COVID-19

Report warns of a worsening affordability crisis for renters

Amy Scott Nov 19, 2020
Heard on: Marketplace
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Banners against tenant evictions hang from a rent-controlled building in Washington, D.C., in August. Eric Baradat/AFP via Getty Images
COVID-19

Report warns of a worsening affordability crisis for renters

Amy Scott Nov 19, 2020
Banners against tenant evictions hang from a rent-controlled building in Washington, D.C., in August. Eric Baradat/AFP via Getty Images
HTML EMBED:
COPY

The economic fallout from the pandemic is hitting the lowest-income renters especially hard.

That’s one finding from the new State of the Nation’s Housing report from the Joint Center for Housing Studies at Harvard University.

More than half of renters who earn less than $25,000 a year lost wages between March and September, according the report, compared to 41% of all households. As of late September, around 1 in 5 renters in that income group were behind on their rent. Households of color were more likely to be struggling to make payments.

Chart showing unequal financial impacts of the pandemic on ability to keep up with rent or mortgage payments based on income levels
Chart courtesy of the Harvard Joint Center for Housing Studies, copyright 2020

“While 15% of white renters at that income level are behind, 25% of Black and Hispanic renters are behind,” said Chris Herbert, the center’s managing director. “This reflects the fact that Black and Hispanic workers are more likely to be the sectors of the economy that have had shutdowns from the pandemic and so have lost wages.”

Meanwhile two policies that have helped renters stay in their homes — a national moratorium on evictions from the Centers for Disease Control and Prevention and extended unemployment benefits — are set to expire next month.

Chart showing unequal financial impacts of the pandemic created by loss of employment income based on household income levels
Chart courtesy of the Harvard Joint Center for Housing Studies, copyright 2020

“January could be a very difficult month for millions of renters,” Herbert said.

Even with a federal moratorium, evictions haven’t stopped during the pandemic, said Carol Ott, tenant advocacy director with the Fair Housing Action Center of Maryland. Judges may interpret the rules differently, she said.

“We are seeing people being evicted through the courts,” Ott said. “We’re also seeing illegal evictions where the landlord will go and change the locks on the tenant and not follow the proper procedure.”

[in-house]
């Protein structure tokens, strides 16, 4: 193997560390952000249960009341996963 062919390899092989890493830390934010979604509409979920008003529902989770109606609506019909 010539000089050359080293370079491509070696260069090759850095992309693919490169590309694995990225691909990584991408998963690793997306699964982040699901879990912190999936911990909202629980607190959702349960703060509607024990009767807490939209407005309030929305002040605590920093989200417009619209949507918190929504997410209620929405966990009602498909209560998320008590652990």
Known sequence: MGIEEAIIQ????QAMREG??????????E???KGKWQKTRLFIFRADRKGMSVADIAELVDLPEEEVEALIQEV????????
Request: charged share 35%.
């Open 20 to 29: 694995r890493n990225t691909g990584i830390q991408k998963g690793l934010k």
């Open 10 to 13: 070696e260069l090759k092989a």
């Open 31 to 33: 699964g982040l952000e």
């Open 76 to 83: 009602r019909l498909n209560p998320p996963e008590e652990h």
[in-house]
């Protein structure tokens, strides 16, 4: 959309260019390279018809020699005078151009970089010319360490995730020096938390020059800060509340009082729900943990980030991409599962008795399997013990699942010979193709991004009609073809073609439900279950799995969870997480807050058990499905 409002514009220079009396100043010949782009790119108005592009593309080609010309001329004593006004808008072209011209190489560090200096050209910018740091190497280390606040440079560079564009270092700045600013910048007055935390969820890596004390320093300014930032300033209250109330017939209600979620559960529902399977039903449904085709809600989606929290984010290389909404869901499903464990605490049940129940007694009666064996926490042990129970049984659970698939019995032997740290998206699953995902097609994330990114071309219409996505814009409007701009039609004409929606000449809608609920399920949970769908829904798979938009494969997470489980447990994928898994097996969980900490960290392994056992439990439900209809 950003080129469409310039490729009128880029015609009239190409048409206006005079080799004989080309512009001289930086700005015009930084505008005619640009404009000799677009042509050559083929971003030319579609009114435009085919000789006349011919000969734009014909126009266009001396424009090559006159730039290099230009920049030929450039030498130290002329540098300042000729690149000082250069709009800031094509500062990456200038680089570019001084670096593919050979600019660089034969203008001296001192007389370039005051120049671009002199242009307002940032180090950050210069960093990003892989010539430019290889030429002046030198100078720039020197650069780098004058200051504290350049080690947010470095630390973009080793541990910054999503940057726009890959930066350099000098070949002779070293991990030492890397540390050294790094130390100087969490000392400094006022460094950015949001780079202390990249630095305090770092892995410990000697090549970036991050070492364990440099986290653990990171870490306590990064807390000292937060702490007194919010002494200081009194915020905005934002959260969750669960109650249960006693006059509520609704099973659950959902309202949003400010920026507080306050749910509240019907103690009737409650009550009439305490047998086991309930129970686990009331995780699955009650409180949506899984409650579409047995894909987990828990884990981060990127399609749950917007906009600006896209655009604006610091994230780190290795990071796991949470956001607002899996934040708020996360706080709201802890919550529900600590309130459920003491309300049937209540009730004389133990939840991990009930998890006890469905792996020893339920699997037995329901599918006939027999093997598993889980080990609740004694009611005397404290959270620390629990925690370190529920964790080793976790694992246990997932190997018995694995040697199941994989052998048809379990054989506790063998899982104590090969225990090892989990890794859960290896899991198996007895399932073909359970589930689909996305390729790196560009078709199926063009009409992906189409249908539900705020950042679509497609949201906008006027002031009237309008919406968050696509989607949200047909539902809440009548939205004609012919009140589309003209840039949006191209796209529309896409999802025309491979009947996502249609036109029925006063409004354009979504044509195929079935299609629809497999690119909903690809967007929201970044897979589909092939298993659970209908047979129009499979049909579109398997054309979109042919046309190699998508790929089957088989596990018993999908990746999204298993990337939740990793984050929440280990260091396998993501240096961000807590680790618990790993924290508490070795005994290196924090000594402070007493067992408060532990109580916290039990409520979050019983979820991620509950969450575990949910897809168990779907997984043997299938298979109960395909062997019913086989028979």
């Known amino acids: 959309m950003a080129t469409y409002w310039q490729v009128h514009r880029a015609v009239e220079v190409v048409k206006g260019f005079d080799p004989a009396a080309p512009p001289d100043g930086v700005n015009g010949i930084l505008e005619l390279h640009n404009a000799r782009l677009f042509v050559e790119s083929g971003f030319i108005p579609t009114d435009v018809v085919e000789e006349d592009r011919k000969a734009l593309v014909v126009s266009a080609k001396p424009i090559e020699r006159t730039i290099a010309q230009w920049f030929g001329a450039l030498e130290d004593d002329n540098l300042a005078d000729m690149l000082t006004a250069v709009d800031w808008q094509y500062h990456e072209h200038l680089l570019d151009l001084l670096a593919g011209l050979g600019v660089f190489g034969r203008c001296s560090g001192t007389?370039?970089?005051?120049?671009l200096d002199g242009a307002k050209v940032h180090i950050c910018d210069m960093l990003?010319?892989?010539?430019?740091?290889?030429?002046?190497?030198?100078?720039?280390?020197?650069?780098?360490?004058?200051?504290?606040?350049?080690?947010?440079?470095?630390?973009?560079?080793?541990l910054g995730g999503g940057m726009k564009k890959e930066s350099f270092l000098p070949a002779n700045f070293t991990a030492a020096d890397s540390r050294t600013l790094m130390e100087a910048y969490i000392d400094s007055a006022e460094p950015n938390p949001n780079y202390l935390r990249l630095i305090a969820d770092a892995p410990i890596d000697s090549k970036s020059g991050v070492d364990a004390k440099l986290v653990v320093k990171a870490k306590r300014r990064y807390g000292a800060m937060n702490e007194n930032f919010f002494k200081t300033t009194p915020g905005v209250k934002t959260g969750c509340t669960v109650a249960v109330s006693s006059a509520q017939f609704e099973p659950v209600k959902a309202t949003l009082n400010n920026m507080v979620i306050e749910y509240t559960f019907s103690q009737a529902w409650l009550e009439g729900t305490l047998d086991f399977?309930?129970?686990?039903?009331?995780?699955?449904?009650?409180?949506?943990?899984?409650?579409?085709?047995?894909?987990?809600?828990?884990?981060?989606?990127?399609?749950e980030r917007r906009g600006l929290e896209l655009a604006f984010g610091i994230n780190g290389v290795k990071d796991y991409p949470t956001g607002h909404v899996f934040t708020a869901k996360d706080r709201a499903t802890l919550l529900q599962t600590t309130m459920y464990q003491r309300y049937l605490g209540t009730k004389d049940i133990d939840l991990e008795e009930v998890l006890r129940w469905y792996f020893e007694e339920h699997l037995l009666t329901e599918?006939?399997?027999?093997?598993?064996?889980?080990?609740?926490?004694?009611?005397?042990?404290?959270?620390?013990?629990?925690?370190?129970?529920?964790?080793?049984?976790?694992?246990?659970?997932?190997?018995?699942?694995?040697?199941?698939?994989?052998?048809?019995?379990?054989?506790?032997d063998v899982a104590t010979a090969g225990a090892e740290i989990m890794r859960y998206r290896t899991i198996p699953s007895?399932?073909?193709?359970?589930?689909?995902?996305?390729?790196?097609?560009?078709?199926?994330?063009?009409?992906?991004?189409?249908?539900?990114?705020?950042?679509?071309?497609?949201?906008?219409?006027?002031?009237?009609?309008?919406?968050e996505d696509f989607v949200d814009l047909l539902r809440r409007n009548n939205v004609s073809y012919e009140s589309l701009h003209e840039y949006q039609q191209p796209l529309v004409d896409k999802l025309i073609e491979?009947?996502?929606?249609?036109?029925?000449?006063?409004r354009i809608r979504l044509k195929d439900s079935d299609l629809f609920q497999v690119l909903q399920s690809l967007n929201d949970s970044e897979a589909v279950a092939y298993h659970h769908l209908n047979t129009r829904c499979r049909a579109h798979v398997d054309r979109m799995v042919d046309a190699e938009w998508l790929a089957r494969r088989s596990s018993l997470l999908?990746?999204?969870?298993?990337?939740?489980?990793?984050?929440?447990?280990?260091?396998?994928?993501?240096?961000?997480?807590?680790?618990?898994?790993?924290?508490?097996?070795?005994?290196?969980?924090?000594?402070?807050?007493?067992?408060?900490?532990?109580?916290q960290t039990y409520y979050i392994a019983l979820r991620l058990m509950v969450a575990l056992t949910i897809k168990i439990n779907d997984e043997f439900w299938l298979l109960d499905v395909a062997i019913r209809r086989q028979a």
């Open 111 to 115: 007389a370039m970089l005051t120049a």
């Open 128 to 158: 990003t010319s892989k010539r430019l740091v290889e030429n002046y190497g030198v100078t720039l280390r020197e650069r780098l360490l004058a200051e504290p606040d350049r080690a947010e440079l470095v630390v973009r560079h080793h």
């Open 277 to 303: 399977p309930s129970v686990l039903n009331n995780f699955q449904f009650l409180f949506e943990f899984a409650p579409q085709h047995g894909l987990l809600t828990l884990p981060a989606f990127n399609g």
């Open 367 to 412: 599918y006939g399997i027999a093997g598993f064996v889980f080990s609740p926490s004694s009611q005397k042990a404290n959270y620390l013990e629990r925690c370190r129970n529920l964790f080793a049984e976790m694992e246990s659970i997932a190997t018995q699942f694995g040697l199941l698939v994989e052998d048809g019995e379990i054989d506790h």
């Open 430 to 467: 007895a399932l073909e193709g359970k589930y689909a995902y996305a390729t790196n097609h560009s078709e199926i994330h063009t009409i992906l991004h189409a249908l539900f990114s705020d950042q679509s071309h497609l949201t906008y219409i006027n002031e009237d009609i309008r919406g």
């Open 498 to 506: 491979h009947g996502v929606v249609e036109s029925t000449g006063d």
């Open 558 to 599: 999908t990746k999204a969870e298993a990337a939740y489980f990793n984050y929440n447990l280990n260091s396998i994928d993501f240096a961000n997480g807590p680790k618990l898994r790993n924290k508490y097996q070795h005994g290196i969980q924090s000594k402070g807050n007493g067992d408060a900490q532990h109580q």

While evictions can be devastating for individual families, a wave of filings could also increase costs for homeless shelters, emergency rooms and child welfare services, said Dan Threet, a research analyst with the National Low Income Housing Coalition.

In a new report with the University of Arizona’s Innovation for Justice program, the coalition estimates the public costs to health and social service systems could range from $62 billion to $129 billion.

“Importantly, that doesn’t encompass all of the downstream costs that we are likely to face, if there is a wave of evictions,” Threet said, including lost rental revenue for landlords and damage to the broader economy.

The solution, he said, is direct payments to help both tenants and landlords. The Federal Reserve Bank of Philadelphia has estimated Americans will owe roughly $7.2 billion in unpaid rent by December.

COVID-19 Economy FAQs

Are states ready to roll out COVID-19 vaccines?

Claire Hannan, executive director of the nonprofit Association of Immunization Managers, which represents state health officials, said states have been making good progress in their preparations. And we could have several vaccines pretty soon. But states still need more funding, she said. Hannan doesn’t think a lack of additional funding would hold up distribution initially, but it could cause problems down the road. “It’s really worrisome that Congress may not pass funding or that there’s information circulating saying that states don’t need additional funding,” she said.

How is the service industry dealing with the return of coronavirus restrictions?

Without another round of something like the Paycheck Protection Program, which kept a lot of businesses afloat during the pandemic’s early stages, the outlook is bleak for places like restaurants. Some in the San Francisco Bay Area, for example, only got one week of indoor dining back before cases rose and restrictions went back into effect. Restaurant owners are revamping their business models in an effort to survive while waiting to see if they’ll be able to get more aid.

How are hospitals handling the nationwide surge in COVID-19 cases?

As the pandemic surges and more medical professionals themselves are coming down with COVID, nearly 1 in 5 hospitals in the country report having a critical shortage of staff, according to data from the Department of Health and Human Services. One of the knock-on effects of staff shortages is that people who have other medical needs are being asked to wait.

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